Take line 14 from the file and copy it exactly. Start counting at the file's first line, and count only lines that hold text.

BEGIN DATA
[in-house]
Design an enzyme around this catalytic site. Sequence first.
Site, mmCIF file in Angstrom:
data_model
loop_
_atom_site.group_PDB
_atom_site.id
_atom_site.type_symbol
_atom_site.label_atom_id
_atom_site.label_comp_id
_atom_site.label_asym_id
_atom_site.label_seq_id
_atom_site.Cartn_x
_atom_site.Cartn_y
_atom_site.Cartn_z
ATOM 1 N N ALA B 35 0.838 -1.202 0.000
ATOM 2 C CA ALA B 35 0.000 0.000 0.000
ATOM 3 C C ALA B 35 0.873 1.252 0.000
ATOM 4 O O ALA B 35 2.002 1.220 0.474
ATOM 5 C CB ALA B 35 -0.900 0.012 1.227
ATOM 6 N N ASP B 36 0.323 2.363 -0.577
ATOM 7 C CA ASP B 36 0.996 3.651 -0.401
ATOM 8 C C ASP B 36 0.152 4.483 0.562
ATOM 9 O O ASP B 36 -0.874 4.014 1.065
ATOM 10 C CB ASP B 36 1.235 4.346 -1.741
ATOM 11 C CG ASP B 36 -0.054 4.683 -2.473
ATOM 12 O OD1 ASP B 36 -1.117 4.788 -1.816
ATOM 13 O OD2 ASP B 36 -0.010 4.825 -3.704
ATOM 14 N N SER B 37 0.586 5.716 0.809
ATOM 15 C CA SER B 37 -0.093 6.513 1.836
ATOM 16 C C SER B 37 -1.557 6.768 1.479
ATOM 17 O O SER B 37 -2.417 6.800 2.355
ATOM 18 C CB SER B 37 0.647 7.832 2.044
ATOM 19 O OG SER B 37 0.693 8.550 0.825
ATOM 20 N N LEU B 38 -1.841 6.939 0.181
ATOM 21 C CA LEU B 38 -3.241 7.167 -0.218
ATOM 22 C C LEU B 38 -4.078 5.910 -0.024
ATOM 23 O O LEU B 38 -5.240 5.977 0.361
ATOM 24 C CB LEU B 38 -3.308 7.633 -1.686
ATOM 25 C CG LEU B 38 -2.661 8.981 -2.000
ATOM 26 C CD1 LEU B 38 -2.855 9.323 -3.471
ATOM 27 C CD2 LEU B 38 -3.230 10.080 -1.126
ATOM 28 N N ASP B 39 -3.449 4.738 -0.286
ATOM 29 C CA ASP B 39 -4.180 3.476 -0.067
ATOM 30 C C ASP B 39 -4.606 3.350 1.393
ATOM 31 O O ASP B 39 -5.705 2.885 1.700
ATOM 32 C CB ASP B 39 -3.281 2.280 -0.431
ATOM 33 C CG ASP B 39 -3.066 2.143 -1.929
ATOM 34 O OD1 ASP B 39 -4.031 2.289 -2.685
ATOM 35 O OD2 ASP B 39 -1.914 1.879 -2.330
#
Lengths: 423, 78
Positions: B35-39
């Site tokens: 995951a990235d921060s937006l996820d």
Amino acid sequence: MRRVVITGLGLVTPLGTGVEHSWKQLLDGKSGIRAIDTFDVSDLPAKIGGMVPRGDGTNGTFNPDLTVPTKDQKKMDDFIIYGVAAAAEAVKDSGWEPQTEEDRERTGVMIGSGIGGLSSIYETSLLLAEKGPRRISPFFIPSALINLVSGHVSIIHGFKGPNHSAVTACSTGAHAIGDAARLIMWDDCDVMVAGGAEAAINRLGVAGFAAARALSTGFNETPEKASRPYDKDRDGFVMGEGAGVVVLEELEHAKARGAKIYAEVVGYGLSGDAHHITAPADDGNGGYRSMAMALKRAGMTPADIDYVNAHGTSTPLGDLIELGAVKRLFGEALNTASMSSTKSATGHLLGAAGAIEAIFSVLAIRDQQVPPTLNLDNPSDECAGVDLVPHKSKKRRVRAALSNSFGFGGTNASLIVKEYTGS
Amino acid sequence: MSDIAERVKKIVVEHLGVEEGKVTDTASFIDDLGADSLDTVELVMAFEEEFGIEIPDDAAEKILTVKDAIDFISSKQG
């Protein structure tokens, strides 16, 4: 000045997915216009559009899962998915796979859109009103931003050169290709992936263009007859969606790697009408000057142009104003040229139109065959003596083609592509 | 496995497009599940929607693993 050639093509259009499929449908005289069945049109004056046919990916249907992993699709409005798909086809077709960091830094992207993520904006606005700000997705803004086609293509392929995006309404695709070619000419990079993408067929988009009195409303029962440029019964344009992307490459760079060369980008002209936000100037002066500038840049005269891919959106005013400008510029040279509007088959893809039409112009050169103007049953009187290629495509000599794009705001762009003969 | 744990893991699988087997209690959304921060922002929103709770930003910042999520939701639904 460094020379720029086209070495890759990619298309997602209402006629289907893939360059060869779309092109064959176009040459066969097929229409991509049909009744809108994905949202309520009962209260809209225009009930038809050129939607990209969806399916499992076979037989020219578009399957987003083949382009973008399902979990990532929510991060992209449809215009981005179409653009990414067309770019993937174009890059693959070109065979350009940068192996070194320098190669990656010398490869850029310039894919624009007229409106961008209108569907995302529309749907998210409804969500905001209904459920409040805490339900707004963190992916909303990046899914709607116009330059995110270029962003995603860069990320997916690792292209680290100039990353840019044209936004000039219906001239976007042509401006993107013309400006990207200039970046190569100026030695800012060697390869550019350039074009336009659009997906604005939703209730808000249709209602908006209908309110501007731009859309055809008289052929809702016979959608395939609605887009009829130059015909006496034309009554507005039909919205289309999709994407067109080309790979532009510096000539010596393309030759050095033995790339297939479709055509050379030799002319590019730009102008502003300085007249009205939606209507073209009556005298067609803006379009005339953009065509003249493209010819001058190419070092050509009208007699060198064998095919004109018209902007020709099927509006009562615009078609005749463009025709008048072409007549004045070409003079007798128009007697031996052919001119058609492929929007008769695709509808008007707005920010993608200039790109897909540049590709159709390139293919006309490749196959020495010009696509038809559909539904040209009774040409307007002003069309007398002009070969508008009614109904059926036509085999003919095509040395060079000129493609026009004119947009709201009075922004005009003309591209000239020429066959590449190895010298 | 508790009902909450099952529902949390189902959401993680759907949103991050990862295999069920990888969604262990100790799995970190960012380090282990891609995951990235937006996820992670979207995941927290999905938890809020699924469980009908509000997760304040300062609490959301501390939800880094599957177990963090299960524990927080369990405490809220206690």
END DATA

_atom_site.Cartn_y